Around 4:00 a.m., I left my attic bedroom and walked down the flight of stairs to the bathroom on the second floor. I grabbed a fresh washcloth and soaked it with the hottest water my hands could stand. I wrung it out so it wouldn’t drip, wadded it up, and shoved it in between my cheeks, pulling my underwear up high to hold it in place. The heat scorched the lump, and the pain carried on. At a loss, I returned to bed.
The next couple days got worse. Every move, every bend, was intense, yet I resisted telling my mother about it, as she disregarded “trivial” ailments, often calling me a hypochondriac.
When the Six Flags day arrived, I knew it would be a mistake to go. My pain had become intolerable, the mass had grown to a small apricot, and I had new symptoms: tingly skin, headache, and alternating chills and hot flashes. But my parents had paid for my ticket.
The bus hit every bump and pothole on the road. The driver slammed on the brakes. Vibrations shot through my legs and up to the spot, each time I stepped. Sitting hurt, reclining hurt, standing hurt. My misery interrupted any chance of fun.
That night, I caved.
“Mom, I have a — swelling — problem. On my butt. Uh, between my cheeks,” I stumbled.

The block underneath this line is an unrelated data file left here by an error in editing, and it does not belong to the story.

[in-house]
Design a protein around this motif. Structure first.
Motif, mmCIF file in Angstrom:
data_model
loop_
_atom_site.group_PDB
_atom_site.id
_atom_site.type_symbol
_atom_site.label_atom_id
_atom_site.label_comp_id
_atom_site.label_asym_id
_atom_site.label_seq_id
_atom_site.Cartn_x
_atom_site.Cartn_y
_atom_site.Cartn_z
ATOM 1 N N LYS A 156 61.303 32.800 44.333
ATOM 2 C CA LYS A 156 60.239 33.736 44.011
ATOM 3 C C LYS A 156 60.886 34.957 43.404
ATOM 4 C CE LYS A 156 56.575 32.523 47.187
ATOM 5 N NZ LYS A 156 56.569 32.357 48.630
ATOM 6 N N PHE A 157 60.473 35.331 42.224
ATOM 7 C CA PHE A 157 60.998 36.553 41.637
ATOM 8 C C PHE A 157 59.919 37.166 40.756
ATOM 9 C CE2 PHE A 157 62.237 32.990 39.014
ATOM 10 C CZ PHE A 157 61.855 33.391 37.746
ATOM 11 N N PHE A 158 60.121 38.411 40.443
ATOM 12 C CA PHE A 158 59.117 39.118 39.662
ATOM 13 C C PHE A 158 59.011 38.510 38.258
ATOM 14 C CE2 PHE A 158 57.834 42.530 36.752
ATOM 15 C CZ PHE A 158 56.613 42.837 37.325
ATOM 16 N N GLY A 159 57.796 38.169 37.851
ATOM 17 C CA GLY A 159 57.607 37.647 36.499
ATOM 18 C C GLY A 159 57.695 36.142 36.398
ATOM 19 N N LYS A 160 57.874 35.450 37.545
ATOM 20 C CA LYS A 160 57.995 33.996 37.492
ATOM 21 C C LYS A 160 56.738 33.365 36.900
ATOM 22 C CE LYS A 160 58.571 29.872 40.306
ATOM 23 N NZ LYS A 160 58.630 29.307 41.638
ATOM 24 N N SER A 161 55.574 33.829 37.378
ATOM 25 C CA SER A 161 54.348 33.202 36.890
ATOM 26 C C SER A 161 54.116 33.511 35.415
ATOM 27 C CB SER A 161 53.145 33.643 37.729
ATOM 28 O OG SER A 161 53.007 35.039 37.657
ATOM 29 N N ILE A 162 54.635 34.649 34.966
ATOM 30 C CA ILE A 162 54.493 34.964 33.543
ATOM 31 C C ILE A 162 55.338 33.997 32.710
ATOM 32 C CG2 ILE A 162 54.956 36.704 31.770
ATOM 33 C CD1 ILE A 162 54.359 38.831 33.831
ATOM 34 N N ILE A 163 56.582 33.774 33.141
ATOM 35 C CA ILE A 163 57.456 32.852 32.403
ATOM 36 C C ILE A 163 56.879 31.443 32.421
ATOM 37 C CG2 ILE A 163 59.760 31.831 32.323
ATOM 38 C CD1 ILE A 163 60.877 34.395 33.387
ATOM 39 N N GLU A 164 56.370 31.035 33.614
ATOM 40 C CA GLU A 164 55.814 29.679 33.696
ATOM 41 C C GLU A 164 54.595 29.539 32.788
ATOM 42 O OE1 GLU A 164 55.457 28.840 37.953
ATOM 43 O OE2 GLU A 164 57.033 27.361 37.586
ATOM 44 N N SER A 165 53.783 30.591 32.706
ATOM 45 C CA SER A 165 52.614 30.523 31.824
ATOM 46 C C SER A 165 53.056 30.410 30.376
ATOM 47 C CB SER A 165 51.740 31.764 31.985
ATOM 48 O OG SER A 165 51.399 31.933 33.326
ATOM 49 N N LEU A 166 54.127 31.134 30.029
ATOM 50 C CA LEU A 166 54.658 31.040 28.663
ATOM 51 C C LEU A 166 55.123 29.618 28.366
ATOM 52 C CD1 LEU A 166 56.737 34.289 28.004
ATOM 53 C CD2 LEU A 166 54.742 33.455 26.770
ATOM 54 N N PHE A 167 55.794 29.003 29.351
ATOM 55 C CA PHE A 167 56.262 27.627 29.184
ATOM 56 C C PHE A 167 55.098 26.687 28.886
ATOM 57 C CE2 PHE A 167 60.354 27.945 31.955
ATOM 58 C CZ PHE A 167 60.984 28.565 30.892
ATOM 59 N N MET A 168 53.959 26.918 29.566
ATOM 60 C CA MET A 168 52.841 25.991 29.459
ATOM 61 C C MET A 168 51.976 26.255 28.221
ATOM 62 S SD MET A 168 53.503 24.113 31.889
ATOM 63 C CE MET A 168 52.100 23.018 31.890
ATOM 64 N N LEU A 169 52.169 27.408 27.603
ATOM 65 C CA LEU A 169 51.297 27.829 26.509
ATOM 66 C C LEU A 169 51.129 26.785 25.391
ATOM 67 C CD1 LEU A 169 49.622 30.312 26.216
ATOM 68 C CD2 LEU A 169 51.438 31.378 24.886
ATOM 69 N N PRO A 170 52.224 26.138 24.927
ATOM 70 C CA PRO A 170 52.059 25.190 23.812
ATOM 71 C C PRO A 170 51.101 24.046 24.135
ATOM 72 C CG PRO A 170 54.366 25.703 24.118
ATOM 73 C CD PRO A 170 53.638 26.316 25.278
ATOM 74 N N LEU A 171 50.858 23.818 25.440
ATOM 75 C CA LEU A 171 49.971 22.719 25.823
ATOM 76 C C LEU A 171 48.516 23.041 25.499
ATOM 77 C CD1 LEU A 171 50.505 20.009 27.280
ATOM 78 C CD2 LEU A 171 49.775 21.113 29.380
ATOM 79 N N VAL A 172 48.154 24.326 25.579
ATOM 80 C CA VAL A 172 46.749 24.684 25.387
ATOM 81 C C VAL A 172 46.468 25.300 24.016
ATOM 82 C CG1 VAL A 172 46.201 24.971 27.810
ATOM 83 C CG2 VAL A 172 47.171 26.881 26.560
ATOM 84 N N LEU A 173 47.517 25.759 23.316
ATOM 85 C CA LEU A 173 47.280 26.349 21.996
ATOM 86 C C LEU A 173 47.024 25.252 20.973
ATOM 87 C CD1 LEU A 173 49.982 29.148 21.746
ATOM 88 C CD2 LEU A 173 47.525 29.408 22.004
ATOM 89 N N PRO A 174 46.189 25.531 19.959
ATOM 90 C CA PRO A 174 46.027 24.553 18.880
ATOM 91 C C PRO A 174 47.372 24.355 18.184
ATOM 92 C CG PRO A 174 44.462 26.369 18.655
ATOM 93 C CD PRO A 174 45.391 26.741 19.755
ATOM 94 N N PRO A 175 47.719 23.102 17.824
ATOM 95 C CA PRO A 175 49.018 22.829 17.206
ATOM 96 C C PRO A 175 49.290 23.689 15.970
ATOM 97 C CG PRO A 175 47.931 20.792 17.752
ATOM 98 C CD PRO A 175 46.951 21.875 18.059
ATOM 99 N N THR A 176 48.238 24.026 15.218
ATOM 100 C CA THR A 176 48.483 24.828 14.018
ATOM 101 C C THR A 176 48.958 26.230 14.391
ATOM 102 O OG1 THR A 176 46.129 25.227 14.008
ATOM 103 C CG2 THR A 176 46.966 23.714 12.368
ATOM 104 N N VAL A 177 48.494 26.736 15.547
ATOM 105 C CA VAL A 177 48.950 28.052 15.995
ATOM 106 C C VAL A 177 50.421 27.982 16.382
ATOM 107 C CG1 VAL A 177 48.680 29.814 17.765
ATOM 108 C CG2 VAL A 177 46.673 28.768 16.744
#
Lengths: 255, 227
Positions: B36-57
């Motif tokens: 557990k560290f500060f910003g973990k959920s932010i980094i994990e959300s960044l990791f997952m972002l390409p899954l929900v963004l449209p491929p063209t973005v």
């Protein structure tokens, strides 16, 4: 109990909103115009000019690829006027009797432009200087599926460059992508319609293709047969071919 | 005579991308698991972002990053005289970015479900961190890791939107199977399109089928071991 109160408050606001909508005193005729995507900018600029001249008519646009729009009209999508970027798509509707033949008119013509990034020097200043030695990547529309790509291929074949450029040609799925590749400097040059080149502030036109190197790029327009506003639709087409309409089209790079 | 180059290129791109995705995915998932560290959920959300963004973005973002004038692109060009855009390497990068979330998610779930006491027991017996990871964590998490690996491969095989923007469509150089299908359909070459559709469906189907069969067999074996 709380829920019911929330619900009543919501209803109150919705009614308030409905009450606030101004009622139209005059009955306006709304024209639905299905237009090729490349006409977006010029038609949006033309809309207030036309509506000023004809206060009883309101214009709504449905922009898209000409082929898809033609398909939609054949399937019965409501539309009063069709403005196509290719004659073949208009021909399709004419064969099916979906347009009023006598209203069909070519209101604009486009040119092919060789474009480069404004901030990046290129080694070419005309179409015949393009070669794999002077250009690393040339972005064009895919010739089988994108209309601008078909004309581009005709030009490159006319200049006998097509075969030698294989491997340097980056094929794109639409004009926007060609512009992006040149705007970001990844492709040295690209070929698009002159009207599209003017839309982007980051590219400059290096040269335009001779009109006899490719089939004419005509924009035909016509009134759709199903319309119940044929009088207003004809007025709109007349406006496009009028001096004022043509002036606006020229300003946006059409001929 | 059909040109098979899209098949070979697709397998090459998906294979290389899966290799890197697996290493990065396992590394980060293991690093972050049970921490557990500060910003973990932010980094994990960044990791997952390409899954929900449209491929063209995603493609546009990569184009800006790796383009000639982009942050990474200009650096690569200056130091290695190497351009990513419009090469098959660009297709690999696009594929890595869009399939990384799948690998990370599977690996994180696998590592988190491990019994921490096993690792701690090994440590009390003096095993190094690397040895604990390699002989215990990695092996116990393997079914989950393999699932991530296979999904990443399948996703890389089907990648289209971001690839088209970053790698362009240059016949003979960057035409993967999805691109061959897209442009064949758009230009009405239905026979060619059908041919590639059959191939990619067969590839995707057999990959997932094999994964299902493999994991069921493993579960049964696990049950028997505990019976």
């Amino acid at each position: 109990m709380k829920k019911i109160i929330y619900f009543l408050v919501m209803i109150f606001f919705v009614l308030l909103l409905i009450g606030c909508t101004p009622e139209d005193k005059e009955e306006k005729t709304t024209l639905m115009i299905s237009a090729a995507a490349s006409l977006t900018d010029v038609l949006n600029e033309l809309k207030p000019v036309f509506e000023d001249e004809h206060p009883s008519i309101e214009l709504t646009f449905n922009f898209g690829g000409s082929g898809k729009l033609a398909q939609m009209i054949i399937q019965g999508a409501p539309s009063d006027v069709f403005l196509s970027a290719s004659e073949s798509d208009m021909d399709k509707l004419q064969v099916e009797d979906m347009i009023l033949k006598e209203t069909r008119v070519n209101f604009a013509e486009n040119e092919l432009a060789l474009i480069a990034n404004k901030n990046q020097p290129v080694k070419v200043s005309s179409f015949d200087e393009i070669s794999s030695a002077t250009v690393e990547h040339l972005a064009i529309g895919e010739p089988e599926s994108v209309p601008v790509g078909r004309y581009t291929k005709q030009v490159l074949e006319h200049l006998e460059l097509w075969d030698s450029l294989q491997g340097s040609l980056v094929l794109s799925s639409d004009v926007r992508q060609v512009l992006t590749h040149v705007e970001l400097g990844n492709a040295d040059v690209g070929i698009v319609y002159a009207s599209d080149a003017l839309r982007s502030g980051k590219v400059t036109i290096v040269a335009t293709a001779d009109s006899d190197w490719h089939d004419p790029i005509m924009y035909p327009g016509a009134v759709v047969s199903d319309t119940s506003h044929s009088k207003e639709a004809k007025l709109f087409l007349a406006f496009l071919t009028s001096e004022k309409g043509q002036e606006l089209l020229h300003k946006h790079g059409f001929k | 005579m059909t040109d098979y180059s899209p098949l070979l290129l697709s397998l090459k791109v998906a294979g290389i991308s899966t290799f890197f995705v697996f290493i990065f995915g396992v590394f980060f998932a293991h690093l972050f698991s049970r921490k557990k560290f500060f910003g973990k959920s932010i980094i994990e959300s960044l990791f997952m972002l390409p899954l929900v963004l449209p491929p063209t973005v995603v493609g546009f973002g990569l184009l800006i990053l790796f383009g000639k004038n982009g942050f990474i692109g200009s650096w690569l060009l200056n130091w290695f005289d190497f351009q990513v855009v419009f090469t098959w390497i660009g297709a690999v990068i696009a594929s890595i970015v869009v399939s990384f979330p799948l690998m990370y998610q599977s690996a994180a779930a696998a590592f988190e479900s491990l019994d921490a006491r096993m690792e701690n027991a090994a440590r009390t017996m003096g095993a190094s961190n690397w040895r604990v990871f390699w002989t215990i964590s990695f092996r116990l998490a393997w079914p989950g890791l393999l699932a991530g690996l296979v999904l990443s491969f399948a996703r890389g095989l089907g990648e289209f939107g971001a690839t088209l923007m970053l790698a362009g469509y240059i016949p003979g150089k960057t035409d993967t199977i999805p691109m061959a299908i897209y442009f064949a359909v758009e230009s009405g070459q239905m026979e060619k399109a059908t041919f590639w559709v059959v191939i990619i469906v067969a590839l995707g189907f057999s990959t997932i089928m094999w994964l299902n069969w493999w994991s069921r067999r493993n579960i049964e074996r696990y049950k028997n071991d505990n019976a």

Listless, I said, “Well, it’s big and excruciating, and I had a horrible time at Six Flags today because I couldn’t walk or ride on anything.”
“Ok. Show me.”
“No way! It’s on my butt!”
“How am I supposed to help you if you won’t show me?”
I went belly-down on the carpet in front of her. I reached my hand back and slid the waistband of my shorts, making sure my fingers didn’t graze it. The raging boil was out.
“CHRISTINE!!!” she shrieked. “That looks horrendous. And infected! Why didn’t you say something sooner?” she yelled. “We’re going to the doctor tomorrow morning and getting that thing looked at!”
The next morning, my doctor instructed me to open the back of my gown.
“That’s a big one, and it is definitely infected,” she stated. “You have a pilonidal cyst, and it needs to be drained immediately. We could’ve controlled this early on with a simple antibiotic cream.”
My mom huffed and pursed her lips. I dropped my head.
Dr. Liz left the examination room to call the hospital’s outpatient wing. She returned soon after and gave us the instructions on what to do next.
“Just to let you know,” she told me, “You’re literally moments away from this cyst bursting. Why did you go to an amusement park when you felt the way you did?”My eyes begged her to retract her question. She sighed. “Well, I guess the important thing is that you’re here today, but let’s just say you’re fortunate it didn’t burst while you were there.”
Before leaving, Dr. Liz told us that she was surprised I’d gotten a pilonidal cyst at all because I didn’t meet any of the risk factors, like being male, being over 30, being inactive, or other reasons. Nonetheless, I had one.
The next part, about getting the cyst drained and packed, is a story of its own, one I’m not ready to revisit yet.
While I do not want to relive the experience with a pilonidal cyst, I learned to listen to my body, acknowledging when something isn’t right and not wishing it away. I also learned how important preventative care is, as is seeking out proper help or treatment — before the problem escalates.